Mechanisms Driving the Winter Phytoplankton Blooms

The schematic diagrams presented in Figure 1 illustrate the mechanisms underlying the offshore winter phytoplankton bloom in the region northwest of Luzon Island. On one hand, strong winter monsoon facilitates evaporative cooling to enhance mixing in the upper ocean. On the other hand, the tendency of turbulence to diffuse into the adjoining non-turbulent layer leads to the destruction of the underlying thermocline stratification, and increases the thickness of the mixed layer by enhancing the entrainment [41-43]. The intensified mixing and increased entrainment induce subsurface upwelling, which brings nutrients from the deep sea and support the growth of phytoplankton from the subsurface upwelled water to the upper layer [44-46]. The phytoplankton blooms are as well as substantially enhanced by nutrient input from the Cagayan river in the region north of Luzon Island. In addition, weather events such as rainfall would increase the nutrients input from the Cagayan river, increasing the intensity of phytoplankton blooms. The Kuroshio also plays a major role in the formation of the winter phytoplankton Blooms. Because of the mesoscale processes generated by the Kuroshio intrusion, and the interaction between Kuroshio and topography, the bloom is mainly triggered and sustained by nutrient pumping and entrainment from deep depth in winter. Affected by the advection effect of the geostrophic flow, the center of the phytoplankton bloom area shifts northward.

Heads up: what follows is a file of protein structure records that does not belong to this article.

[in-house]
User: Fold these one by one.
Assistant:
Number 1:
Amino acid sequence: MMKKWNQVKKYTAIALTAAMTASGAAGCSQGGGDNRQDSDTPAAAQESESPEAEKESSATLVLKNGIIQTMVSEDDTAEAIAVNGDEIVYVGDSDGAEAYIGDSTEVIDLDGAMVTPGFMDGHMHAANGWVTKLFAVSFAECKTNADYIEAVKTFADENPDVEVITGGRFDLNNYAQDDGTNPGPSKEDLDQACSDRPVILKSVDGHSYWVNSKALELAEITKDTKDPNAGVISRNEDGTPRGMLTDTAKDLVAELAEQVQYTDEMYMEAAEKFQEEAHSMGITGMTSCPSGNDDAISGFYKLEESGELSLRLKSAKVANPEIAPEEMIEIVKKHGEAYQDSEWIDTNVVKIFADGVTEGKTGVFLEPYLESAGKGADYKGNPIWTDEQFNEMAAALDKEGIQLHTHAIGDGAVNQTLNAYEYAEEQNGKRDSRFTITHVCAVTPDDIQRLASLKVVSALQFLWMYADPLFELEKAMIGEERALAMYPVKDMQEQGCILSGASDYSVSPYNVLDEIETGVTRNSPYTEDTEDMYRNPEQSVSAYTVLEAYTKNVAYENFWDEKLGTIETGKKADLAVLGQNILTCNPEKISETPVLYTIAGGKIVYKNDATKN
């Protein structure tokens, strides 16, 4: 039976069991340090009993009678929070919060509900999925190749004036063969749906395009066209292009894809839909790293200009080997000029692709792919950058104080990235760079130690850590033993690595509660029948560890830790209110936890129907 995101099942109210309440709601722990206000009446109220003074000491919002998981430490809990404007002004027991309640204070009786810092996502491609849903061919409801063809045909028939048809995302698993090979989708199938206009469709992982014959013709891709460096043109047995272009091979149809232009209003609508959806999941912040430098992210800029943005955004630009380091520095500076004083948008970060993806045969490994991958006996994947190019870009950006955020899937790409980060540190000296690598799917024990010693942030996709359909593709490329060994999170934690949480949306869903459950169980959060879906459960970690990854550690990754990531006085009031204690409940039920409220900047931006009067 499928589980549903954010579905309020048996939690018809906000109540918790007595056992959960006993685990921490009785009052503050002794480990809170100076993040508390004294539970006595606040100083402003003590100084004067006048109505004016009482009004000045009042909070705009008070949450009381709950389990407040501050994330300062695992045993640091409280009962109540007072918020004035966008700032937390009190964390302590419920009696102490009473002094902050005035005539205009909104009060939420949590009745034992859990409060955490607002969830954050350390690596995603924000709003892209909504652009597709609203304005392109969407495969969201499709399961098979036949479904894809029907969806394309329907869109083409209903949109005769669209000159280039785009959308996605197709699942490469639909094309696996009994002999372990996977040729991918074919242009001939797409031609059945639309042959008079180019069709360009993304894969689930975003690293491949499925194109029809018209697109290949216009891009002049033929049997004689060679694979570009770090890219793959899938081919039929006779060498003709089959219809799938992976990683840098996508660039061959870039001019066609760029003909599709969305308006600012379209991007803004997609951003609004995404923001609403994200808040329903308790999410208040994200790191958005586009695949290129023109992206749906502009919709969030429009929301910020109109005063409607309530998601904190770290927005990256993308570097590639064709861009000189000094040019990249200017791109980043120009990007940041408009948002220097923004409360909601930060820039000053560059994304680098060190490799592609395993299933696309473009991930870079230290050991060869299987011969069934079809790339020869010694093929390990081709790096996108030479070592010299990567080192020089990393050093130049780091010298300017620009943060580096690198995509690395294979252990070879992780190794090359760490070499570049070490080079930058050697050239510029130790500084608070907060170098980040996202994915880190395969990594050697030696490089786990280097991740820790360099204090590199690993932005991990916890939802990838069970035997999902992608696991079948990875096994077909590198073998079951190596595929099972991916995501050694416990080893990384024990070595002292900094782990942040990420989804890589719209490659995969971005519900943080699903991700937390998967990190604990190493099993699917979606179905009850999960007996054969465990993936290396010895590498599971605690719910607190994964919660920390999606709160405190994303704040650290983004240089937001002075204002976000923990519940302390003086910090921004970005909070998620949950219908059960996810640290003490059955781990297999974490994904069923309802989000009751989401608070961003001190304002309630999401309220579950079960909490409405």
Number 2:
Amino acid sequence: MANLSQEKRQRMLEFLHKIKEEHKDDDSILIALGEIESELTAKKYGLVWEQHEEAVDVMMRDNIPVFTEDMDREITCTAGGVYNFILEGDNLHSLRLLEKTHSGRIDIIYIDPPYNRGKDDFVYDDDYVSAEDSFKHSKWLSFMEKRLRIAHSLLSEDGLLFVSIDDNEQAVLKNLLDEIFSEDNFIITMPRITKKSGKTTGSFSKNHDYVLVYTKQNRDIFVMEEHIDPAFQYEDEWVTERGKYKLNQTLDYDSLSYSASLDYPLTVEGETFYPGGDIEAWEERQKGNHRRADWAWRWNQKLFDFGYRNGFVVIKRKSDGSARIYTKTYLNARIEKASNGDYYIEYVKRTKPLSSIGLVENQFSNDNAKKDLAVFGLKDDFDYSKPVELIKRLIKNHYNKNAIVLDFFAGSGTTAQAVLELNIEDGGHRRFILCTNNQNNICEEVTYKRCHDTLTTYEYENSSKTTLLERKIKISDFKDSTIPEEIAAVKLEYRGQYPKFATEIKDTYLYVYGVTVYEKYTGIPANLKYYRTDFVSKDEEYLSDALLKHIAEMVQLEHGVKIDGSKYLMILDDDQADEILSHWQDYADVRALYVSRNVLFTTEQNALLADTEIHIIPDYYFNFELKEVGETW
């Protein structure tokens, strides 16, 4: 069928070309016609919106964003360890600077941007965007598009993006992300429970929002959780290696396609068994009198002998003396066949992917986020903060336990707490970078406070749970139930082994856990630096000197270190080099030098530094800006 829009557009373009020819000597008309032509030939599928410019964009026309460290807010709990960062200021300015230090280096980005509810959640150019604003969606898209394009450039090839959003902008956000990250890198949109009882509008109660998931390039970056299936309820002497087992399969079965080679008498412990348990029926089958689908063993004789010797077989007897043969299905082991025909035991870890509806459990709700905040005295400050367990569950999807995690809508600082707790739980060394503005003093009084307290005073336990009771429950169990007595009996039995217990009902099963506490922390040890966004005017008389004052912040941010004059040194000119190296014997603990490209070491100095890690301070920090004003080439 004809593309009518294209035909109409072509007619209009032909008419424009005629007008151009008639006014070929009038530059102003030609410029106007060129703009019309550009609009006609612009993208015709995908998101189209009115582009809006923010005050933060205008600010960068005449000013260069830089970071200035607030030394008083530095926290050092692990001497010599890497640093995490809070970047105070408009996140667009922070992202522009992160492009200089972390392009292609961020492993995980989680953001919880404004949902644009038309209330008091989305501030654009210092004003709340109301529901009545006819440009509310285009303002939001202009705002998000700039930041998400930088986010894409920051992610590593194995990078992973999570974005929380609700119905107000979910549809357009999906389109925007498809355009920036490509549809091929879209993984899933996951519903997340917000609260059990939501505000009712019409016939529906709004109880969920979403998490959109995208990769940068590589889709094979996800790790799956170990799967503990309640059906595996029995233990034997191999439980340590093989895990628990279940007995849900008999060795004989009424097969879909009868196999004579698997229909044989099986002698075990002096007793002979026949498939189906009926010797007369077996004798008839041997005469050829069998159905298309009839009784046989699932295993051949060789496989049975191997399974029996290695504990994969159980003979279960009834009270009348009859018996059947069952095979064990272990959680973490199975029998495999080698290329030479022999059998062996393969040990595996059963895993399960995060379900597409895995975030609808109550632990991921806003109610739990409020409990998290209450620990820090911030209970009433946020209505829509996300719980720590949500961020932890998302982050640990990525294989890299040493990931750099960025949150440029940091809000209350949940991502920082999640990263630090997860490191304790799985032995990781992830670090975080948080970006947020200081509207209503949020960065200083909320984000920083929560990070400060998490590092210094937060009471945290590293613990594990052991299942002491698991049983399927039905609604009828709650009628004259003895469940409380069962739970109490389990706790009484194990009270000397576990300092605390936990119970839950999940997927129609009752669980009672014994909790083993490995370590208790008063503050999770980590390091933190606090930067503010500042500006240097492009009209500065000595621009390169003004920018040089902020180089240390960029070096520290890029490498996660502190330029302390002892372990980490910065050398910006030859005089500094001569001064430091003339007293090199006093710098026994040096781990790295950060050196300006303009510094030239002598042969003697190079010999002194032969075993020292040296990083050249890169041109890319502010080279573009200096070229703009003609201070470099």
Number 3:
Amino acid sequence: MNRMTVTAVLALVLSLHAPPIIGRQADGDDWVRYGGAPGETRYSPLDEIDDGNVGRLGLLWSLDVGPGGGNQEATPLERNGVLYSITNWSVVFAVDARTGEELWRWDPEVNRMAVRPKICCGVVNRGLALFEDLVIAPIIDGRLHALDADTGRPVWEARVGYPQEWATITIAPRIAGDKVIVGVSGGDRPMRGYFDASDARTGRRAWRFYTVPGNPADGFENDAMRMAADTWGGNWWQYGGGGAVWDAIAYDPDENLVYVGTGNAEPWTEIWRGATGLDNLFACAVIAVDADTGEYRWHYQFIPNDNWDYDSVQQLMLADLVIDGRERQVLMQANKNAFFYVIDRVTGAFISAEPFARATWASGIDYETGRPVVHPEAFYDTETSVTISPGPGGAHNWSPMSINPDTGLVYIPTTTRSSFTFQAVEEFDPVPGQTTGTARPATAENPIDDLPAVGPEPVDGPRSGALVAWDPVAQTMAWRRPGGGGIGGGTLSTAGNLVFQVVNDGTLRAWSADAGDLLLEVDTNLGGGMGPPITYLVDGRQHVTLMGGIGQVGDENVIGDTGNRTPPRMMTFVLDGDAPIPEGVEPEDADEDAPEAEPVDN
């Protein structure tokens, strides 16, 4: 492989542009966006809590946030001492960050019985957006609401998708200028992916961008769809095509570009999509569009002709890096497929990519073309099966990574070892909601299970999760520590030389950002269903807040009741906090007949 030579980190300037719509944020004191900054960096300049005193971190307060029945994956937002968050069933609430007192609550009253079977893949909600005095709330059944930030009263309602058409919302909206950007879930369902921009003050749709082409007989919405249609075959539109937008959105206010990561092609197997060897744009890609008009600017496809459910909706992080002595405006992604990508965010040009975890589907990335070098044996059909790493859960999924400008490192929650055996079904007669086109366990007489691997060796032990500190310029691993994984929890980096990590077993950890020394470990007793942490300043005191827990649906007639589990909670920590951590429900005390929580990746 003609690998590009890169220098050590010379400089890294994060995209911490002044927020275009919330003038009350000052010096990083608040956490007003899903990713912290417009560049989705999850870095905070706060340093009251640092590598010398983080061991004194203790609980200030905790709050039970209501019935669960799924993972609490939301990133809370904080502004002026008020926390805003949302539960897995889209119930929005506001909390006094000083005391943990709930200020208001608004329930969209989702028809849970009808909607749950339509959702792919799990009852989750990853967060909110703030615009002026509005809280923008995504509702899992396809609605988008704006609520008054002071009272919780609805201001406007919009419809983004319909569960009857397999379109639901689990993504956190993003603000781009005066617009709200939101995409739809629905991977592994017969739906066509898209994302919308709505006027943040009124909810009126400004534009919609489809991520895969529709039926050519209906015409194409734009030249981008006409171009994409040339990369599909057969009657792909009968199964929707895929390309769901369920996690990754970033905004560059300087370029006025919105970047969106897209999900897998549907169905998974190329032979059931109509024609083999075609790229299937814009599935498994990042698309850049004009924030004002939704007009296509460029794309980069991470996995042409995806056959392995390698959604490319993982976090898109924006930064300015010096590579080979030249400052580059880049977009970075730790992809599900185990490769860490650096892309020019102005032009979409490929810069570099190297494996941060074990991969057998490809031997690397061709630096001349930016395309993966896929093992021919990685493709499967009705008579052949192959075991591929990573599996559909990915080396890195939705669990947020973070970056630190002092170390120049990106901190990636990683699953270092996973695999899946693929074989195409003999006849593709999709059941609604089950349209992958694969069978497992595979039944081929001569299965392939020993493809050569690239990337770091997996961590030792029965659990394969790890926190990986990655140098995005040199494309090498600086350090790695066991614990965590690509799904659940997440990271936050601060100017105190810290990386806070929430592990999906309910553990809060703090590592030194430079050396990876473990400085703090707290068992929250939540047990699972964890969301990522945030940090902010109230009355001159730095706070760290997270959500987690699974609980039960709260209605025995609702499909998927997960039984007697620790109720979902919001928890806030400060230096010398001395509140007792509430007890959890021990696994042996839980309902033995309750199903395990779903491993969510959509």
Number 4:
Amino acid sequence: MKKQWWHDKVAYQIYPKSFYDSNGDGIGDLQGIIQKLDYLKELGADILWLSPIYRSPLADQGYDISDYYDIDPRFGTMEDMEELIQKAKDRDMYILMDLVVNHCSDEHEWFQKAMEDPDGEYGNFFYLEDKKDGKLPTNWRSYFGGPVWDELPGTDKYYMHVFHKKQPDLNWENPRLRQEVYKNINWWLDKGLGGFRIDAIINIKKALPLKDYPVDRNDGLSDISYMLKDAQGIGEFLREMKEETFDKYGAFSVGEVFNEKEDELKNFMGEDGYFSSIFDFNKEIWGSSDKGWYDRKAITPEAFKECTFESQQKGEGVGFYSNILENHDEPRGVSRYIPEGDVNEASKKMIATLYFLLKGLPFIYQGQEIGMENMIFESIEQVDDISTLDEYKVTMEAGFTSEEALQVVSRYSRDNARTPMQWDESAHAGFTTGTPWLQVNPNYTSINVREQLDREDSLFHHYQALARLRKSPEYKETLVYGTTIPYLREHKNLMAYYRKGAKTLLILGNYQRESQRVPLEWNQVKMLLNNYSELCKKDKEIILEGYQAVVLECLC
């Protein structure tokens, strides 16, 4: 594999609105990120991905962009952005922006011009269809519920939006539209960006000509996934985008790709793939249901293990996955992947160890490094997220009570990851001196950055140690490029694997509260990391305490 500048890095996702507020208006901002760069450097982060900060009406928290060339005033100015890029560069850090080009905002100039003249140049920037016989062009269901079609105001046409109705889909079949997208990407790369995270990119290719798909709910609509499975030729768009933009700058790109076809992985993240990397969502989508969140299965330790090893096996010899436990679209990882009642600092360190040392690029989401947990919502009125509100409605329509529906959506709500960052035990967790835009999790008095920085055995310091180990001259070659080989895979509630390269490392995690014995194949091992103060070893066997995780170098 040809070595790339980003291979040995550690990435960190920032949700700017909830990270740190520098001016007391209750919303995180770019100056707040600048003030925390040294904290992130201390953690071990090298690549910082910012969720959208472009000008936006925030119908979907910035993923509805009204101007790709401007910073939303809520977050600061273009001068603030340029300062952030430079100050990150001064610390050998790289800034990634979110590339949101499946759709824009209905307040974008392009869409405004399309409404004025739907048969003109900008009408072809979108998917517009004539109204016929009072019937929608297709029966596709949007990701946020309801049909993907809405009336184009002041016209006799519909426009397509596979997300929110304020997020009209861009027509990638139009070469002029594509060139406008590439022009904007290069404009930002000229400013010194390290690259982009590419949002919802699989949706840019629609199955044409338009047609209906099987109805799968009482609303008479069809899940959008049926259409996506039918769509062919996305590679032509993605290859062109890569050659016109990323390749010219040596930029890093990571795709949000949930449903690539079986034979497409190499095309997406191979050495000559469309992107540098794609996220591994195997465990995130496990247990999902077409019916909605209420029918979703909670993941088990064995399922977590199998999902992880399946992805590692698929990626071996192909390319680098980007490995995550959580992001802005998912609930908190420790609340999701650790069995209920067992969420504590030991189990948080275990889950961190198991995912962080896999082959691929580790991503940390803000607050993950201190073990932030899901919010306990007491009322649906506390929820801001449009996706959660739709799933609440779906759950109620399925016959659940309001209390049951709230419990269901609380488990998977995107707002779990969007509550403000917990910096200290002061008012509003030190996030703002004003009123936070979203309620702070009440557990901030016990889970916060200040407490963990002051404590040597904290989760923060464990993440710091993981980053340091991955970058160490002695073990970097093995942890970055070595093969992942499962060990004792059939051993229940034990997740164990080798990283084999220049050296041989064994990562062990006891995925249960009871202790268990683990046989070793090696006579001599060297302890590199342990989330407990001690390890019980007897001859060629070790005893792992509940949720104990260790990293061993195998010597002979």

Schematic

Figure 1: Schematic diagram of the mechanisms for the winter phytoplankton blooms.

Discussion and Conclusion

This review mainly describes the impact of environmental elements on the winter phytoplankton blooms northwest of the Luzon Island and the potential formation mechanism of the blooms. In summary, we attribute the blooms based on previous studies to the winter wind, as well as upwelling and turbulent mixing, which are generated by the Kuroshio interaction and the Kuroshio-topography interaction. Nutrient input from the Cagayan river may also affect phytoplankton blooms in the north of Luzon Island, and rainfall may deepen this phenomenon. The advection effect of the northward background coastal flow induces the inconsistency between the upwelling center and winter bloom center, and the blooms center would move northward. However, previous studies mainly focus on the sea surface, and dynamic process of the marine threedimensional structure needs to be further investigated. Due to the limitation of in situ measured data, the ocean numerical model is a good research tool. Future researches should pay more attention to the combination of numerical models and observations to analyze the blooms caused by marine mesoscale eddies and sub-mesoscale phenomena with different three-dimensional structures near Luzon Island.

Author’s Contributions

All authors listed have made a substantial, direct and intellectual contribution to the work, and approve it for publication.

Funding

The present research is supported by National Natural Science Foundation of China (No. 42076162) and the Natural Science Foundation of Guangdong Province, China (Grant No. 2020A1515010496).